However, if command data is received at step 1750, then the microprocessor 310 proceeds to step 1753 to determine if the command data is equal to "stop". If yes, then the microprocessor 310 proceeds to step 1754, where the current topic is displayed on the monitor 220. The microprocessor 310 then proceeds to step 1755 to determine if any further command data is received. If not, then the microprocessor 310 returns to step 1754, where the current topic continues to be displayed on the monitor and the microprocessor 310 continues in this loop until command data is received.

Returning back to step 1753, if the command data does not equal "stop," then the microprocessor 310 proceeds to step 1756, where the microprocessor 310 determines whether the command data is equal to "pause." If the command data is equal to pause, then the microprocessor 310 proceeds to step 1757, where the instructional data for the current time slot is displayed. The microprocessor 310 then proceeds to step 1758, where it determines whether command data is received. If not, then the microprocessor 310 returns to step 1757, where the instructional data for the current time slot continues to be displayed and the microprocessor 310 continues in this loop until command data is received.

Returning to step 1756, if the command data does not equal "pause," then the microprocessor 310 proceeds to step 1760, where the microprocessor 310 determines whether the command data is equal to "play." If the command data is equal "play," then the microprocessor 310 proceeds to step 1761, where the microprocessor 310 displays instructional data on the monitor 220 starting with the instructional data for the current time slot and proceeding with the future time slots in consecutive order. The microprocessor 310 then proceeds to step 1762, where the microprocessor 310 determines whether command data is received. If not, then the microprocessor 310 returns to step 1761, where the instructional data continues to be displayed for the consecutive time slots and continues in this loop until command data is received.

Returning back to step 1760, if the command data does not equal "play," then the microprocessor 310 proceeds to step 1765, where the microprocessor 310 determines whether the command data equals "fast forward." If the command data is equal to "fast forward," then the microprocessor 310 proceeds to step 1766 where the microprocessor 310 quickly displays on the monitor 220 the instructional data for the current time slot and future time slots in consecutive order. The microprocessor 310 then proceeds to step 1767, where the microprocessor 310 determines whether command data is received. If not, then the microprocessor 310 returns to step 1766 and continues to quickly display the instructional data to the consecutive time slots and continues in the loop until command data is received.

Returning to step 1765, if the command data does not equal "fast forward," then the microprocessor 310 proceeds to step 1770, where the microprocessor 310 determines whether the command data equals "rewind." If the command data is equal to "rewind," then the microprocessor 310 proceeds to step 1771, where the instructional data at a current time slot and all past time slots is displayed on the monitor 220 in reverse consecutive order. The microprocessor 310 proceeds to step 1772 to determine whether command data is received. If command data is not received, then the microprocessor 310 returns to step 1771 and continues to display the instructional data for past time slots in reverse consecutive order and continues in this loop until command data is received.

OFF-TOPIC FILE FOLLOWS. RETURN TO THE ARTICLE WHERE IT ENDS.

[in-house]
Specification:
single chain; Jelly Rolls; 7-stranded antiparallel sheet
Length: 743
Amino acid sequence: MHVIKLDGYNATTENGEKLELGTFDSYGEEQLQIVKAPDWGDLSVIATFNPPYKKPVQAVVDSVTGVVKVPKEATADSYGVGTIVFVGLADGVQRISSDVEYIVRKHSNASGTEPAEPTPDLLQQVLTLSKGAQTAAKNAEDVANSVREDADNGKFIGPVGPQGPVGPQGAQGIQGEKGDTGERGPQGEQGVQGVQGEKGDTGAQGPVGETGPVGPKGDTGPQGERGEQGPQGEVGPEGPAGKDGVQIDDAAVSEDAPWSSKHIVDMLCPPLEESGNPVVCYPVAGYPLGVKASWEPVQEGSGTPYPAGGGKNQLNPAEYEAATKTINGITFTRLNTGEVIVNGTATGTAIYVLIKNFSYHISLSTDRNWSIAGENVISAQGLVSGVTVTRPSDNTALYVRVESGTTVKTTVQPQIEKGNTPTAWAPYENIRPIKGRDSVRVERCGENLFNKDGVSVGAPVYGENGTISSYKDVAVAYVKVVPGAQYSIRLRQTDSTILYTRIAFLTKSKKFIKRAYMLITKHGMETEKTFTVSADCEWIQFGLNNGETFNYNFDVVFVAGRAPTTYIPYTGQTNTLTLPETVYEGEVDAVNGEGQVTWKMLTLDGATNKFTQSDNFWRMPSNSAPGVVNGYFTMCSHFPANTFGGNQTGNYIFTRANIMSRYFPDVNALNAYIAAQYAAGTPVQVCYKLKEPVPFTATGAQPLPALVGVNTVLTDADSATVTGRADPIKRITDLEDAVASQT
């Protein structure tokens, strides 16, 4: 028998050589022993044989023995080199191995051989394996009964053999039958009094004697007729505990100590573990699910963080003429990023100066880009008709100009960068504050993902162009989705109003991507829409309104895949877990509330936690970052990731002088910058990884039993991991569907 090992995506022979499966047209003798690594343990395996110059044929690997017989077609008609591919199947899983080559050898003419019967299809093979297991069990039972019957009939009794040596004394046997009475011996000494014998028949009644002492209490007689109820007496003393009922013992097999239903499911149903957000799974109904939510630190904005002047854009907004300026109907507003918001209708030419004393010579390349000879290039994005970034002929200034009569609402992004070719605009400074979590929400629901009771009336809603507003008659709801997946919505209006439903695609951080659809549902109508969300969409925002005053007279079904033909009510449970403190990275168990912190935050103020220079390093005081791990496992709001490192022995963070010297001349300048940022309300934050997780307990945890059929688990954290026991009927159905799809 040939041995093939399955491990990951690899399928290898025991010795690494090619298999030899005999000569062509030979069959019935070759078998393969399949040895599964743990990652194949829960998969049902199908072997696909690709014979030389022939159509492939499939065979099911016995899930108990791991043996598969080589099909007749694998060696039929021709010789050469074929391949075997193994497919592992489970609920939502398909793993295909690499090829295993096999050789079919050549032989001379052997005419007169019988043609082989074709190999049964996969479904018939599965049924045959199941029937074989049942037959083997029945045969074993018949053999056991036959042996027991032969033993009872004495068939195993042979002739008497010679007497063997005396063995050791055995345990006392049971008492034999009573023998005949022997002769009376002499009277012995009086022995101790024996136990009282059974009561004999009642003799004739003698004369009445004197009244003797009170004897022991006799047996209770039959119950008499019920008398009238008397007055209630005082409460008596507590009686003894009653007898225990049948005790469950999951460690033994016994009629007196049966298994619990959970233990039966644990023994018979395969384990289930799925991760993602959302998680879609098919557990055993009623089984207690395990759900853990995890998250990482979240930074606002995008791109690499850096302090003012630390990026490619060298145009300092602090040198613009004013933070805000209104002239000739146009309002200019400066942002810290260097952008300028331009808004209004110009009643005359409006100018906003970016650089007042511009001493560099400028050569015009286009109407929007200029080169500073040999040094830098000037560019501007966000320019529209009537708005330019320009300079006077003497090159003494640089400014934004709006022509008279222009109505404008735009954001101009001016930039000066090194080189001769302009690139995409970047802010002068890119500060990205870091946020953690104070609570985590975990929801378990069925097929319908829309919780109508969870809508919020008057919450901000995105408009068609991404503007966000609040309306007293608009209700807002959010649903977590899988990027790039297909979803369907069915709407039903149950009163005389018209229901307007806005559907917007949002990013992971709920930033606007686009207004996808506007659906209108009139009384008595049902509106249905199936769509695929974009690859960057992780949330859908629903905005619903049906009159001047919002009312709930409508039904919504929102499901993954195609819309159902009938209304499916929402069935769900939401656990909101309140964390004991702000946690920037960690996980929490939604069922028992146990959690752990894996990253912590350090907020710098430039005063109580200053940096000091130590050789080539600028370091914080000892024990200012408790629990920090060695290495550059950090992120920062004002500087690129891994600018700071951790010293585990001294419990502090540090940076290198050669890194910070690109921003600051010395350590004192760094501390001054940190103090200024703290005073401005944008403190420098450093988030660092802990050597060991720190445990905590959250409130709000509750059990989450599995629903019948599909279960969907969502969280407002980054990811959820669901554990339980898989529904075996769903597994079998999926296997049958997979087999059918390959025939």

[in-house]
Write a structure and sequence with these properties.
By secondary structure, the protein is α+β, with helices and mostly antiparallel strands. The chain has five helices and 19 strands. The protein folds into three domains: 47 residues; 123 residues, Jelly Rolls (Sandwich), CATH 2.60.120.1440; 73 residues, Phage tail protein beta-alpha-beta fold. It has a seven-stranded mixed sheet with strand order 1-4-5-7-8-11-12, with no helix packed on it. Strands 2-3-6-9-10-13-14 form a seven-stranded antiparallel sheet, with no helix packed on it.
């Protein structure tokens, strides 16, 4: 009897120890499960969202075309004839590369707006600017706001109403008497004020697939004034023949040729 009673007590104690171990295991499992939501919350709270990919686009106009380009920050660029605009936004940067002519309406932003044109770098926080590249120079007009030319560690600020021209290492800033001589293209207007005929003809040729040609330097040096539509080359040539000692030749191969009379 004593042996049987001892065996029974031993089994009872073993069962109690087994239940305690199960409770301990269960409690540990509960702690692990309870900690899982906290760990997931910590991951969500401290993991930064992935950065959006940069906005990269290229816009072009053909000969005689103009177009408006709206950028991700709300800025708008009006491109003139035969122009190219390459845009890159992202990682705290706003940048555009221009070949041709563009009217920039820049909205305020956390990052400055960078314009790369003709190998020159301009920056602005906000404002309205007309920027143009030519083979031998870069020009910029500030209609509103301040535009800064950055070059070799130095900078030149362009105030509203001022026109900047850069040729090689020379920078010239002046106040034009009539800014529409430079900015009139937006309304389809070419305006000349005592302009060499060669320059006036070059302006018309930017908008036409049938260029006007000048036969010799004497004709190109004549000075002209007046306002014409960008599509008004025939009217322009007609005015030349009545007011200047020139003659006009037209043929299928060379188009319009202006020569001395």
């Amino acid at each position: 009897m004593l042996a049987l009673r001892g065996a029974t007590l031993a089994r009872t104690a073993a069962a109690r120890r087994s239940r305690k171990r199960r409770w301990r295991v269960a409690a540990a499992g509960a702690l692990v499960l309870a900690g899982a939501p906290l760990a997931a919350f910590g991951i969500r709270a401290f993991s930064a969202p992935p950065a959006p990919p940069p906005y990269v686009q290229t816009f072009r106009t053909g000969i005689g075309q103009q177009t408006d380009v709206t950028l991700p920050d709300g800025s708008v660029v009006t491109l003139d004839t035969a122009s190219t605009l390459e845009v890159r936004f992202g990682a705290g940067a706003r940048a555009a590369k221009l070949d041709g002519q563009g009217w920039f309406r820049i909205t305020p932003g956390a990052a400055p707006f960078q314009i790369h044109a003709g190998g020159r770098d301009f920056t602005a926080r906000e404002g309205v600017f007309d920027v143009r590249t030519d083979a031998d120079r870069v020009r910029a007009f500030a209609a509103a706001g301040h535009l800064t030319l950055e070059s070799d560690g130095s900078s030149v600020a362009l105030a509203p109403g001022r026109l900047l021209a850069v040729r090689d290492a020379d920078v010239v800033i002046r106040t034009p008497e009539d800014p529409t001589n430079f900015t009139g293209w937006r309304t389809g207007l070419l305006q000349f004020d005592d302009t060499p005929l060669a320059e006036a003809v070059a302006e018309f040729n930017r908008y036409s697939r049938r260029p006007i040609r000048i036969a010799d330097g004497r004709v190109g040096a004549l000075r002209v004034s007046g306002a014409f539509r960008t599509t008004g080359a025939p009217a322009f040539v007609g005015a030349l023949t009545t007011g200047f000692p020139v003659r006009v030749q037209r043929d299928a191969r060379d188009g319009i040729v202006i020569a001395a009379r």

Returning back to steps 1755, 1758, 1762, 1767 and 1772, if command data is received, then the microprocessor 310 proceeds to step 1790, where the microprocessor 310 determines whether the command data equals "record." If not, then the microprocessor 310 returns to step 1753 and continues through the "pause," "play," "fast forward" and "rewind" loop just discussed above. However, if the command data equals "record," then the microprocessor 310 returns to step 1745, where the instructor is able to pick up at the current time slot, continue to input instructional data for a particular topic into the next time slot in consecutive order, have the instructional data stored in the RAM 360 and generally continue to input the presentation data as described above.

Returning back to step 1770, if the command data does not equal "rewind," then the microprocessor 310 proceeds to step 1775 and determines whether the command data is equal to "search." If the command data equals "search", then the microprocessor 310 proceeds to step 1780, where the Search Module is run.

As shown in FIG. 18, at step 1800, the Search Module is started. The microprocessor 310 then proceeds to step 1810, where the user is prompted to input search criteria on the right side of the monitor 220 with a blank box, as shown in FIG. 6. For this example, "Alexander Graham Bell" has been selected.

The microprocessor 310 then proceeds to step 1815 to determine whether search criteria has been received. If no search criteria has been received, then the microprocessor 310 returns to step 1810 and continues to prompt the user to input the search criteria. However, at step 1815 if search criteria has been received, then the microprocessor 310 proceeds to step 1820, where the microprocessor 310 uses a search engine, such as Illustra's Server, Netscape Microsoft's Explorer, Digital Equipment's Alta Vista, Yahoo or Lyco to search various storage means 120 in the computer system.